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Israeli elections: the IDF goes to the polls

21 January 2013

3:11 PM

21 January 2013

3:11 PM

Israel’s election is tomorrow, yet voting started here yesterday. At Kirya Defense Headquarters in Tel Aviv, serving Israel Defence Force troops have cast their ballots, and today more polling stations will open for soldiers.

There is not much solid information as to suggest how the troops will vote. In recent elections, however, they appear to have backed the parties of the Right. So it is a fairly sure bet that a large number – especially among the rising proportion of Zionist-religious young men in the Force (NOT ultra-orthodox) – will be drawn to Naftali Bennett and his very right-wing Jewish Home party.

Bennett seems to be the liveliest story of the election, both abroad and here. The Israelis I have spoken to, after they tell me that the election is boring, only to want to talk about Bennett, Bennett, Bennett. He appeals particularly to soldiers, many of whom are so young they have not voted before, because his image is paradoxical: his projects and image that is religious in tone and secular in style. He quotes Seinfeld as comfortably as the Bible. He’s laid-back, but he’s a tough nut. He got rich from IT. This speaks directly to many of the young serving soldiers who have grown up with all the technological comforts of modern western life, only to find themselves serving in the frightening military.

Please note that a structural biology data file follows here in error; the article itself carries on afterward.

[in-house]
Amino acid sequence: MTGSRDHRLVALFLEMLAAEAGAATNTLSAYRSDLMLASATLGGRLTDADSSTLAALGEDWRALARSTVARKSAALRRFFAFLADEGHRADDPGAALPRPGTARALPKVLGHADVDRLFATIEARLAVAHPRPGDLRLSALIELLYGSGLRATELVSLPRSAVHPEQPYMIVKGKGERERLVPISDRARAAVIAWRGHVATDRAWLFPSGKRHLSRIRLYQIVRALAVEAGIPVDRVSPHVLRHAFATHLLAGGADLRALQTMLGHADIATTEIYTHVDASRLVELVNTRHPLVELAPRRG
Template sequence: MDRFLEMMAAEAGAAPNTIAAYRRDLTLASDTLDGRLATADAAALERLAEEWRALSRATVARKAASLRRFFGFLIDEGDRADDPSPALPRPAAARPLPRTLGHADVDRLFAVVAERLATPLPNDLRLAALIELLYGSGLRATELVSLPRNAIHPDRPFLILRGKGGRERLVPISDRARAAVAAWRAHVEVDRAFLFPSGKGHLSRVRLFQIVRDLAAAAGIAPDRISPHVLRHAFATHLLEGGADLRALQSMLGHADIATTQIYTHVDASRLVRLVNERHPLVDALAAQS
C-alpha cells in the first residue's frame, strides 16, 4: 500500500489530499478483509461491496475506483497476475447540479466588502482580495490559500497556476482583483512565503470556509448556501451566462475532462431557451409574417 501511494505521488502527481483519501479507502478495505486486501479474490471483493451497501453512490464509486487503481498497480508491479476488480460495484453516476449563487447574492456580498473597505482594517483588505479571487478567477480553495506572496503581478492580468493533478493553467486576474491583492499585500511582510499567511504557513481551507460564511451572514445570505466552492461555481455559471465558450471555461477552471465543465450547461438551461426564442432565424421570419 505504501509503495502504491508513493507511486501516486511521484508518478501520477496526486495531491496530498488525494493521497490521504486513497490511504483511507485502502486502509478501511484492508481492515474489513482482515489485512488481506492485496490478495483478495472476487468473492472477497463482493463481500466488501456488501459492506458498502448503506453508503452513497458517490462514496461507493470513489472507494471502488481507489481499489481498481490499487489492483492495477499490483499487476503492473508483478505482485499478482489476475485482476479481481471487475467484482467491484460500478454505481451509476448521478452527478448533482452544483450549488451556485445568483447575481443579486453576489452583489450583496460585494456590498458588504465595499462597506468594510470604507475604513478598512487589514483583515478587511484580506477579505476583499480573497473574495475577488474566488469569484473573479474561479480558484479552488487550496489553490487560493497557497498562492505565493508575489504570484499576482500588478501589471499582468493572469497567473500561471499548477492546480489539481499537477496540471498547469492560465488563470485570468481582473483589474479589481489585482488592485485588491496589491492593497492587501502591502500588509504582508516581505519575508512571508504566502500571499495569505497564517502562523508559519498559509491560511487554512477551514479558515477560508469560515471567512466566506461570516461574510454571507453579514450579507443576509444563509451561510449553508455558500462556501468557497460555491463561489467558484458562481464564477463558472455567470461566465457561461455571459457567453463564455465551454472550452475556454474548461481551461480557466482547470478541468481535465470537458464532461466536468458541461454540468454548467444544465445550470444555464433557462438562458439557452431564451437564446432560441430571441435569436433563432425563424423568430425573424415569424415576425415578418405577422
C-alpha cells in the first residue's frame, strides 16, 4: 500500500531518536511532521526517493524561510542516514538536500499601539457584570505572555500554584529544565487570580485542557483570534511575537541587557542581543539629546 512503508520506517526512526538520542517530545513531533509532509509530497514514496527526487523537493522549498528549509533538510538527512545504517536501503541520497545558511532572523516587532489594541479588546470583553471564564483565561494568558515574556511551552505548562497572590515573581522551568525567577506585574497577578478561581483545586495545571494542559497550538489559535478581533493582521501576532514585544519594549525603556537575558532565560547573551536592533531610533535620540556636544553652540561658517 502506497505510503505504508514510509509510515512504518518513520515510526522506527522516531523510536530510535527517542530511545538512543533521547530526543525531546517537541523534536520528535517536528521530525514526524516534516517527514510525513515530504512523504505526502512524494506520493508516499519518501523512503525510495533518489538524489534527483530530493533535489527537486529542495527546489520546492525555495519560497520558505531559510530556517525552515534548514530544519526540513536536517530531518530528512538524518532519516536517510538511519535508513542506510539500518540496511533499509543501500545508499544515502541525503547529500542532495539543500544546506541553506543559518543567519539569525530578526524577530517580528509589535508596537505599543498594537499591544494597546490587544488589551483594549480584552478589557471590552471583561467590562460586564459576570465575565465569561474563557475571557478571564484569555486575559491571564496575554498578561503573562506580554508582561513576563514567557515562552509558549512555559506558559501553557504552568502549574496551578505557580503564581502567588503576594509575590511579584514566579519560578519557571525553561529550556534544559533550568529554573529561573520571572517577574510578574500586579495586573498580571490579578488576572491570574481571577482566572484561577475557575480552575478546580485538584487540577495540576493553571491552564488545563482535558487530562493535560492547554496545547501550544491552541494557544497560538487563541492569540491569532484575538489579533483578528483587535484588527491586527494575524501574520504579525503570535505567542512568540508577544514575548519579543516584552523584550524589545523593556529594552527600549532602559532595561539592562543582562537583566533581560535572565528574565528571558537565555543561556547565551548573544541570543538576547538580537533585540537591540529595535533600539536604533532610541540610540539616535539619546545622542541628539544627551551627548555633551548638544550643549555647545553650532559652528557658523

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Show comments
  • Dan Labina

    Israeli Politics for Dummies is a comic guide to the elections I just read. it’s a funny piece about the Israeli elections on the Huff Post.,b=facebook

  • Augustus

    Netanyahu appears to have been quite successful during the past four years, both diplomatically and economically. He gets along well with orthodox and right-wing parties, so it’s plausible to expect a coalition along those lines, although nothing can really be excluded in Israeli post-election formations. But attempts by prominent figures from the centre, left-wing, or right-wing parties to try and ‘split’ the coalition would not be a very helpful way to rule the country. Benjamin Netanyahu has seven years experience as a prime minister with proven capabilities in defense and economic issues. But whatever the
    final outcome, the citizens of Israel will expect sound fiscal policies and a secure future for their children.

  • MaxSceptic

    This speaks directly to many of the young serving soldiers who
    have grown up with all the technological comforts of modern western
    life, only to find themselves serving in the frightening military.

    That “frightening military” is at the forefront of development and deployment of new IT advances.

    Brawn is useful, but brains make – and operate – modern military systems like Iron Dome.